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What is Ramdisk ? Ramdisk Demystified From The Perspective of Embedded System by cawan (cawan[at]ieee.org, chuiyewleong[at]hotmail.

com) on 10/11/2012 From embedded system point of view, ramdisk is an image file to be copied into a specific logical address in a flash chip. So, when the system boot up, the bootloader can duplicate the portion of flash space with the content of image file into RAM. From that onwards, the kernel portion will be decompressed on the fly in RAM and being executed once the decompression process completed. On the other hand, the file system portion will stay in RAM as is where is basis. In most of the times, it is represented in rootfs format, which is a special instance of ramfs or tmpfs. Refer to the following link for further description about rootfs, ramfs, and tmpfs. http://www.kernel.org/doc/Documentation/filesystems/ramfs-rootfs-initramfs.txt Well, the file system is already in the RAM now, and it is in the format of rootfs. So, what the kernel need to do now is to mount onto it and start to make use of it. Let us verify it. tango3[~]# mount rootfs on / type rootfs (rw) proc on /proc type proc (rw) sysfs on /sys type sysfs (rw) devpts on /dev/pts type devpts (rw) tmpfs on /tmp type tmpfs (rw) /dev/sigmblockg on /app type squashfs (ro) /dev/sigmblockh on /run type ext3 (rw,data=ordered) tango3[~]# Nice, the file system is mounted to root in the format of rootfs, with read and write (rw) permission. However, any content being updated or altered is volatile. In other words, any altered file in rootfs will be reverted to original state after reboot. Yes, it should be, because the everything is in the RAM, which is volatile. Let verify. tango3[~]# cat /etc/passwd root:x:0:0:root:/root:/bin/sh daemon:x:1:1:daemon:/usr/sbin:/bin/sh bin:x:2:2:bin:/bin:/bin/sh sys:x:3:3:sys:/dev:/bin/sh sync:x:4:100:sync:/bin:/bin/sync mail:x:8:8:mail:/var/spool/mail:/bin/sh proxy:x:13:13:proxy:/bin:/bin/sh www-data:x:33:33:www-data:/var/www:/bin/sh backup:x:34:34:backup:/var/backups:/bin/sh operator:x:37:37:Operator:/var:/bin/sh sshd:x:103:99:Operator:/var:/bin/sh nobody:x:99:99:nobody:/home:/bin/sh default:x:1000:1000:Default non-root user:/home/default:/bin/sh tango3[~]# echo cawan > /etc/passwd tango3[~]# cat /etc/passwd cawan tango3[~]# We reboot the system now. After reboot, we will check the content of /etc/passwd again. tango3[~]# cat /etc/passwd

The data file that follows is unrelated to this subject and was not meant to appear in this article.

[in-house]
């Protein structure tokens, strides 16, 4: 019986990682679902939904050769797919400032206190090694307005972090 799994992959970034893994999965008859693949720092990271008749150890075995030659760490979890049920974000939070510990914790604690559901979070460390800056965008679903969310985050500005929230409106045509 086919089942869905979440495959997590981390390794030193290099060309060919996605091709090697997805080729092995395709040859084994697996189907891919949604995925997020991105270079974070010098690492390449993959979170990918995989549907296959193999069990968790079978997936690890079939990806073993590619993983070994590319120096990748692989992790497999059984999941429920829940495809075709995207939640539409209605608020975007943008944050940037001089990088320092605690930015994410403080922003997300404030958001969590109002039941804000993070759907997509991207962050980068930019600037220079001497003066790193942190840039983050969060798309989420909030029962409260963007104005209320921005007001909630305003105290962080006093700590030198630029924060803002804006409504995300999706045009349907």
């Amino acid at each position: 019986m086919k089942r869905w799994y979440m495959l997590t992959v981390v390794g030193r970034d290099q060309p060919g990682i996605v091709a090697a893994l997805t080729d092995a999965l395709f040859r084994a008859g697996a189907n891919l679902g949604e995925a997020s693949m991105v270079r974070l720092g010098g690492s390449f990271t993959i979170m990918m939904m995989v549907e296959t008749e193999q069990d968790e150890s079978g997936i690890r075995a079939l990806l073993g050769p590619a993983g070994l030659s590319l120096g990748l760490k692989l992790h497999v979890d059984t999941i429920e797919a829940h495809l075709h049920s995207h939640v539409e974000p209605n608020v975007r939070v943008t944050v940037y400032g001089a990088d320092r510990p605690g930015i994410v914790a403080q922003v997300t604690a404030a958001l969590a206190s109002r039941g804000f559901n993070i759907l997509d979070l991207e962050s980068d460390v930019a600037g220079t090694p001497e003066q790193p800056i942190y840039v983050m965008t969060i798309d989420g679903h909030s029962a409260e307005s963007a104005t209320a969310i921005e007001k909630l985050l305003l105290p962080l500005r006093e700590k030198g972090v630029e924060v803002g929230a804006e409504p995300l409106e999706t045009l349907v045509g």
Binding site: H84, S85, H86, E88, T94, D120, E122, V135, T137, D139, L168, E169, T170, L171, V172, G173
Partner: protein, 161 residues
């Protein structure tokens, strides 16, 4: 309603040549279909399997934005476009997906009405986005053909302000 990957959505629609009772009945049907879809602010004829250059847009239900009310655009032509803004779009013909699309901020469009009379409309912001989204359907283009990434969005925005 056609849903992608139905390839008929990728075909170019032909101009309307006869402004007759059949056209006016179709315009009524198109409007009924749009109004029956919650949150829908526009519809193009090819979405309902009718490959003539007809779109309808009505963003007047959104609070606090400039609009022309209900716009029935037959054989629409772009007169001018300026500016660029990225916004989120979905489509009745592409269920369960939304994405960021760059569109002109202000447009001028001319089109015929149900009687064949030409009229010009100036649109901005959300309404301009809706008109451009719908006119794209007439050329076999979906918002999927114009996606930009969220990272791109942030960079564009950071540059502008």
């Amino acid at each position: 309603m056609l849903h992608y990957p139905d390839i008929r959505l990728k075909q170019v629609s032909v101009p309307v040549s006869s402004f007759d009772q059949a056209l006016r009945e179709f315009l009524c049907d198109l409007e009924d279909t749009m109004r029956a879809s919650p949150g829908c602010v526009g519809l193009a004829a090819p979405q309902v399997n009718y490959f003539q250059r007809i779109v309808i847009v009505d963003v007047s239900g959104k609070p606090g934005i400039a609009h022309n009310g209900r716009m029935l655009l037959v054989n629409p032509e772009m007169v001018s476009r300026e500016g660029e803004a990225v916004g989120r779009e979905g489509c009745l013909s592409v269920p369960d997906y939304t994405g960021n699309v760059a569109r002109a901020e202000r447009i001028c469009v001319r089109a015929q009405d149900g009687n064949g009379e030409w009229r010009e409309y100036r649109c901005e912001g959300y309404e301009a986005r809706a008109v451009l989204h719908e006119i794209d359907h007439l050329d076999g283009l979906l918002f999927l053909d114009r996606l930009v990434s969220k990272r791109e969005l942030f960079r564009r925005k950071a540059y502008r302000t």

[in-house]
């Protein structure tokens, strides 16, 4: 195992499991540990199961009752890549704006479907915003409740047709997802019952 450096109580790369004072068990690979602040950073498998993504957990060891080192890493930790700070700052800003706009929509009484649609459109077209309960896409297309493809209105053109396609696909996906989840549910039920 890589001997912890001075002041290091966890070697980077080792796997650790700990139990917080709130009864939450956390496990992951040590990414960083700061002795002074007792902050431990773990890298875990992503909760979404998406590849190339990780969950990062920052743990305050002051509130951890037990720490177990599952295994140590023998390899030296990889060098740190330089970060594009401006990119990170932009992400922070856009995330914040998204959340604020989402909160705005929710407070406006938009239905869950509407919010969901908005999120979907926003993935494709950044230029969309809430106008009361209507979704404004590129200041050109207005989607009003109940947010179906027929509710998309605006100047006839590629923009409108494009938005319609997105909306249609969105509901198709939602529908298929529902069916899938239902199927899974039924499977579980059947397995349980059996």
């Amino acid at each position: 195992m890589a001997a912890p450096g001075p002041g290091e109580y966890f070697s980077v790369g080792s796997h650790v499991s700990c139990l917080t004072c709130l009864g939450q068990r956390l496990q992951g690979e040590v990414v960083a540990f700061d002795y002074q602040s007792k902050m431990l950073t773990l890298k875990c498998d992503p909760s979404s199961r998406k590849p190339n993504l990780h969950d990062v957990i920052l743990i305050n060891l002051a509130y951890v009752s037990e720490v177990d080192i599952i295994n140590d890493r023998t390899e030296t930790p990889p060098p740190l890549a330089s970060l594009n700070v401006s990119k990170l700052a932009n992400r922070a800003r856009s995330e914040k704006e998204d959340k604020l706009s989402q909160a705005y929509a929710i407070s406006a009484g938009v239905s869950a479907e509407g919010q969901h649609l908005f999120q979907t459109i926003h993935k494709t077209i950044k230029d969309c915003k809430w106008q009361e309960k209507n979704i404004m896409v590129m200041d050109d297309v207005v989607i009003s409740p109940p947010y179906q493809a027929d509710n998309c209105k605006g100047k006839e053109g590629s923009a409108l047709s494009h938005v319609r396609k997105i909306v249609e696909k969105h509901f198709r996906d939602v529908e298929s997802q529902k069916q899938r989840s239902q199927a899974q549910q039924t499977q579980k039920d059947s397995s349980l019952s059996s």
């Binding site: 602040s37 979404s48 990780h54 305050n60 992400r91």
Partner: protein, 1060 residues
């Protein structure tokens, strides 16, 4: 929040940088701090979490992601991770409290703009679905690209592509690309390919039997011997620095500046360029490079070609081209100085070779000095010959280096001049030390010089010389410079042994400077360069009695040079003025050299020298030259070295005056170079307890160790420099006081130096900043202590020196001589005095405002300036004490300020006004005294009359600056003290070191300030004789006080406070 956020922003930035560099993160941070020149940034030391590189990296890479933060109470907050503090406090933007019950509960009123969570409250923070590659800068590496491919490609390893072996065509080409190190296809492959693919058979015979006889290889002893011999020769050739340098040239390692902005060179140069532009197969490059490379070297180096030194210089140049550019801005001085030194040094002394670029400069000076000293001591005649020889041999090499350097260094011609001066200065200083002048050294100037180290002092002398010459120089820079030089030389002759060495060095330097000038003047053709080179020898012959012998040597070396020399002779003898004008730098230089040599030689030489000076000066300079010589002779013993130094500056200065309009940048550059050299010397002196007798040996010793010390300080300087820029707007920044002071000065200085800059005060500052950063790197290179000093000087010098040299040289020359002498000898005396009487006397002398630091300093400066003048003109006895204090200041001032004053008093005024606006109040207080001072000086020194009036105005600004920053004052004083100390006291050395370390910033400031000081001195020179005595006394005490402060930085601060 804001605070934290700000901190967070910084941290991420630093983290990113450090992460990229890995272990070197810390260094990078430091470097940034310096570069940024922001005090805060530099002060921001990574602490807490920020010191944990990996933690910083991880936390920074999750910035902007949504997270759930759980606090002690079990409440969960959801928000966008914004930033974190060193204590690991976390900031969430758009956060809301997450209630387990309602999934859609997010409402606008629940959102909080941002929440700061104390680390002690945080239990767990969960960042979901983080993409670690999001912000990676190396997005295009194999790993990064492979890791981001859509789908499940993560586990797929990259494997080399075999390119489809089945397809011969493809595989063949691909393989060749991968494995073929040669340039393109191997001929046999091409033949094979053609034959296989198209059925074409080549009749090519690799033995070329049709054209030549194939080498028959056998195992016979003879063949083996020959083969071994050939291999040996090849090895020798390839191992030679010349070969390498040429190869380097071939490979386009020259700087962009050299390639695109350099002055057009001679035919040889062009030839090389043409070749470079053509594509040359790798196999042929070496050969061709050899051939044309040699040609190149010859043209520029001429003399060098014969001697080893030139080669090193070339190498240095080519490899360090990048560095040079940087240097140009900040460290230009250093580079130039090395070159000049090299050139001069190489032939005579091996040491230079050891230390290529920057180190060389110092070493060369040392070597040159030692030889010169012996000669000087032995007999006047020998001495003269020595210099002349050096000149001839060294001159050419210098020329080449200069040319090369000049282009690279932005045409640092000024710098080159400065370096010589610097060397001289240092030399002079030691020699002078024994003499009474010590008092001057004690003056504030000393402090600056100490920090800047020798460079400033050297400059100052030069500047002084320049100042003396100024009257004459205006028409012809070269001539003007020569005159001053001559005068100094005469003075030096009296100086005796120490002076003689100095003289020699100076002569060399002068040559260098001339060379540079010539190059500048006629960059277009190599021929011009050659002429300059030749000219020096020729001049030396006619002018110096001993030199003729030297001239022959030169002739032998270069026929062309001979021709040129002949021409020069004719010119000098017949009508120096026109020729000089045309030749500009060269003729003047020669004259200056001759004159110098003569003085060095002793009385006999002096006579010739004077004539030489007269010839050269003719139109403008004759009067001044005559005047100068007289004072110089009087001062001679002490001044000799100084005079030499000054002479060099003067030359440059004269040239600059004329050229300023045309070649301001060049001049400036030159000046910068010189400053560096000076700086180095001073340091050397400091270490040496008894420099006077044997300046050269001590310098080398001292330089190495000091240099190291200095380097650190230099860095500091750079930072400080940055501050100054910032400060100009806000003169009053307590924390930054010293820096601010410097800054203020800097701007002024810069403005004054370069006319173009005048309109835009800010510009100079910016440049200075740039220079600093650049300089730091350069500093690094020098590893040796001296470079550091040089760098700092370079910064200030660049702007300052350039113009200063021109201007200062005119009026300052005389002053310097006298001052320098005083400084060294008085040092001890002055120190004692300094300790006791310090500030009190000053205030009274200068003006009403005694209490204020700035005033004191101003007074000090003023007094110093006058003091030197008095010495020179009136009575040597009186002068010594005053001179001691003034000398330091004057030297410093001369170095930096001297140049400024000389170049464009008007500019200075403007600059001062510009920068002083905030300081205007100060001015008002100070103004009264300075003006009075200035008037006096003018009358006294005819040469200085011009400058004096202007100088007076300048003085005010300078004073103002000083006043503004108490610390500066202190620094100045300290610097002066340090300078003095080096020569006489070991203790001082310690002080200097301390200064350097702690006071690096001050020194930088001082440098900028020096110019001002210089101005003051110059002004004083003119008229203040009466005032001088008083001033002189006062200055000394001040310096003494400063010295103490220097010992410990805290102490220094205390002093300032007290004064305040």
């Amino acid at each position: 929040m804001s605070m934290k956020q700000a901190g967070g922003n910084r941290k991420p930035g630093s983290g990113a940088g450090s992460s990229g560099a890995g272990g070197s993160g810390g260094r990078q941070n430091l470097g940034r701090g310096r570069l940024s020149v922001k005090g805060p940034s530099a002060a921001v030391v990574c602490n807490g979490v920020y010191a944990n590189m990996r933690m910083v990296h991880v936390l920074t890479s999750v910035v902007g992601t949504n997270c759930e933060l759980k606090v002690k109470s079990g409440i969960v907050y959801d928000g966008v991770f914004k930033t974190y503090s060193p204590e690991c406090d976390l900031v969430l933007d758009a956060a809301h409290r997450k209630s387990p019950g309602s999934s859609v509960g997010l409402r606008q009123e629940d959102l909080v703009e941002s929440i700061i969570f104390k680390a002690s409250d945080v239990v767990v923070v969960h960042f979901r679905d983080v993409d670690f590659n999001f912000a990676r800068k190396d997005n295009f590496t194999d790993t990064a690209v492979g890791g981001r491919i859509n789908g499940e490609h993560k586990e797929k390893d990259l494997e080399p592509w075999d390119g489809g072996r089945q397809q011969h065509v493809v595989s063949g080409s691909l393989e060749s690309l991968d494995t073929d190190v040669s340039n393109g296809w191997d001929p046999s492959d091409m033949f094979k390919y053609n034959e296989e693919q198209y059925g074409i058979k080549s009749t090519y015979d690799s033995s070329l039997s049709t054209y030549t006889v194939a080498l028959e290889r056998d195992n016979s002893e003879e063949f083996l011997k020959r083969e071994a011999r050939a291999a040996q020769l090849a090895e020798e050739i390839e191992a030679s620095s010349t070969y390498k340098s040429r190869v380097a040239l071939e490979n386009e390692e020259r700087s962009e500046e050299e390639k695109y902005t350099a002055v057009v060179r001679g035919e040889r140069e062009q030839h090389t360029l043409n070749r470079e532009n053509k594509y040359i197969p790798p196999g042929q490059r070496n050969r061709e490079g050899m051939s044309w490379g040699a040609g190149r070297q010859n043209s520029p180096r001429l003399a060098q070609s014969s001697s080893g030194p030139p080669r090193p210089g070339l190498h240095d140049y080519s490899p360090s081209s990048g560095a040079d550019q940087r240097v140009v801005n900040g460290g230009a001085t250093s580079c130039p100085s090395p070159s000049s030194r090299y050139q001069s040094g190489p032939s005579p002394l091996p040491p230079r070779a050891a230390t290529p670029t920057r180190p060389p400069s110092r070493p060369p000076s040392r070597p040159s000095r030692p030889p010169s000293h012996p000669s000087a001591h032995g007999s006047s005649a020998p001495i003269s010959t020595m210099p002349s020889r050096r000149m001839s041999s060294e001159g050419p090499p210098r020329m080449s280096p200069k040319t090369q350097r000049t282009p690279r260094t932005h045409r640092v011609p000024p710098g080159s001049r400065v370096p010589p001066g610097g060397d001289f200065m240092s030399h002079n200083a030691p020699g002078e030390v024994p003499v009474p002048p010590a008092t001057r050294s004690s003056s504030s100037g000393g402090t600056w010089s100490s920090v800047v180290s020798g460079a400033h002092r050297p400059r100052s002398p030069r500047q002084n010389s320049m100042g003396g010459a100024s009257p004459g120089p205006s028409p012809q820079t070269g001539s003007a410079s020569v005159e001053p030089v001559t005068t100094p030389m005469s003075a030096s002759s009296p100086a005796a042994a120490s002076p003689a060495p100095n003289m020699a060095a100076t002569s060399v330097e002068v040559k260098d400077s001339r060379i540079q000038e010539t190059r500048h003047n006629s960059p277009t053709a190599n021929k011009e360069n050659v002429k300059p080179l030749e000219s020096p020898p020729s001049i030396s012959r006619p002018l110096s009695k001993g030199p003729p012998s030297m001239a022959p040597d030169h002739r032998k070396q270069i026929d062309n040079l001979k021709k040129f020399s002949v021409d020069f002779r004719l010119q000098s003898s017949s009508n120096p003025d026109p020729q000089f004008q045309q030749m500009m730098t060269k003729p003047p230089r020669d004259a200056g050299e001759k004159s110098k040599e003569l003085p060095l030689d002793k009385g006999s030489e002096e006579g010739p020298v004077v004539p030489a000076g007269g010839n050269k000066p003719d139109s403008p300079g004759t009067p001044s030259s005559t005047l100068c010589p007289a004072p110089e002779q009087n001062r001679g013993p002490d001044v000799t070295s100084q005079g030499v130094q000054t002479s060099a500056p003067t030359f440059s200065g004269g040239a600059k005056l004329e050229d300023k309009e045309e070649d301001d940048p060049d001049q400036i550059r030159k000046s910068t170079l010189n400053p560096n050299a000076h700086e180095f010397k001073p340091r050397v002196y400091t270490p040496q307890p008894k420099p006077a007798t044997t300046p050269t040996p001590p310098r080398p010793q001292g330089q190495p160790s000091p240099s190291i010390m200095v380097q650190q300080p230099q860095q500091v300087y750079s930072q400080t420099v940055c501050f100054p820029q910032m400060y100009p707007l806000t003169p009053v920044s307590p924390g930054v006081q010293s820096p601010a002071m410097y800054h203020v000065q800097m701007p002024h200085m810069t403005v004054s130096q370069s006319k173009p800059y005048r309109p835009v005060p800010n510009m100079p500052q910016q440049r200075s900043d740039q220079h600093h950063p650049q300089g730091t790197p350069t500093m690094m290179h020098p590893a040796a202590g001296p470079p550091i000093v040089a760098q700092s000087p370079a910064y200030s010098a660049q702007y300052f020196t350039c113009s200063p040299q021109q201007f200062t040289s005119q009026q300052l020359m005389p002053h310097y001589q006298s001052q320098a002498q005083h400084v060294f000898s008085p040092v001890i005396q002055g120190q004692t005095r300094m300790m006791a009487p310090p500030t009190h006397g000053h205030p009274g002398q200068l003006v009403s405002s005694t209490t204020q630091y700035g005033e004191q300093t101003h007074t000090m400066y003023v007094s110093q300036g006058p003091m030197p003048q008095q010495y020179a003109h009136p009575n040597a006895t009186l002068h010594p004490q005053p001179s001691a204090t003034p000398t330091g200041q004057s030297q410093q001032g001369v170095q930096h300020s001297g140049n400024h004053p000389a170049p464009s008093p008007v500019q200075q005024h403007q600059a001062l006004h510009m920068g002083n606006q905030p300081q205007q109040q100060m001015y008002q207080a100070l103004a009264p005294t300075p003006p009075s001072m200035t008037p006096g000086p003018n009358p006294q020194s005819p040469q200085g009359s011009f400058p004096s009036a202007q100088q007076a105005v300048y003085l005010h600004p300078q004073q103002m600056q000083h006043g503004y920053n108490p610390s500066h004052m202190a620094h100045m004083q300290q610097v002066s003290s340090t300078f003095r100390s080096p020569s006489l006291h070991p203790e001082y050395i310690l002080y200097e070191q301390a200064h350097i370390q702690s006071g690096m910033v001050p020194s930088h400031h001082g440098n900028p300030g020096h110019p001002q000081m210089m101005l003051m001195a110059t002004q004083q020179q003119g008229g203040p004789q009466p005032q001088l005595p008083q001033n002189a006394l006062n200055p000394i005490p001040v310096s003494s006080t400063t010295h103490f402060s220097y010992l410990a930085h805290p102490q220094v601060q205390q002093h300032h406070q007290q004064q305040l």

root:x:0:0:root:/root:/bin/sh daemon:x:1:1:daemon:/usr/sbin:/bin/sh bin:x:2:2:bin:/bin:/bin/sh sys:x:3:3:sys:/dev:/bin/sh sync:x:4:100:sync:/bin:/bin/sync mail:x:8:8:mail:/var/spool/mail:/bin/sh proxy:x:13:13:proxy:/bin:/bin/sh www-data:x:33:33:www-data:/var/www:/bin/sh backup:x:34:34:backup:/var/backups:/bin/sh operator:x:37:37:Operator:/var:/bin/sh sshd:x:103:99:Operator:/var:/bin/sh nobody:x:99:99:nobody:/home:/bin/sh default:x:1000:1000:Default non-root user:/home/default:/bin/sh tango3[~]# Yes, it has been reverted. In additional, as side topic, the partition /dev/sigmblockg of flash chip has been mounted onto /app in the format of squashfs, with read only (ro) permission, where the squashfs itself is a read only file system with high compression rate. Besides, the partition /dev/sigmblockh is also in flash chip. However, it is mounted on /run in the format of ext3, with read and write permission. As a file system format with read and write support, the ext3 partition allows data to be altered or modified and keep in intact after reboot. An important point to take note here, the so called read only file system of squashfs on /app only means the file system itself is read only, but not the case of partition /dev/sigmblockg. From the angle of device file, the partition /dev/sigmblockg is still free to write by any appropriate shell command. Let's verify. tango3[~]# echo cawan > /app/cawan -sh: /app/cawan: Read-only file system tango3[~]# Yes, /app is really a read on squashfs file system. How about /run ? tango3[~]# echo cawan > /run/cawan tango3[~]# cat /run/cawan cawan tango3[~]# As expected, /run is writable. Let's reboot the system now, the /run/cawan should be still there after reboot. tango3[~]# cat /run/cawan cawan tango3[~]# Nice, the /run/cawan is still there as expected. So, the concept of ramdisk should be clear now.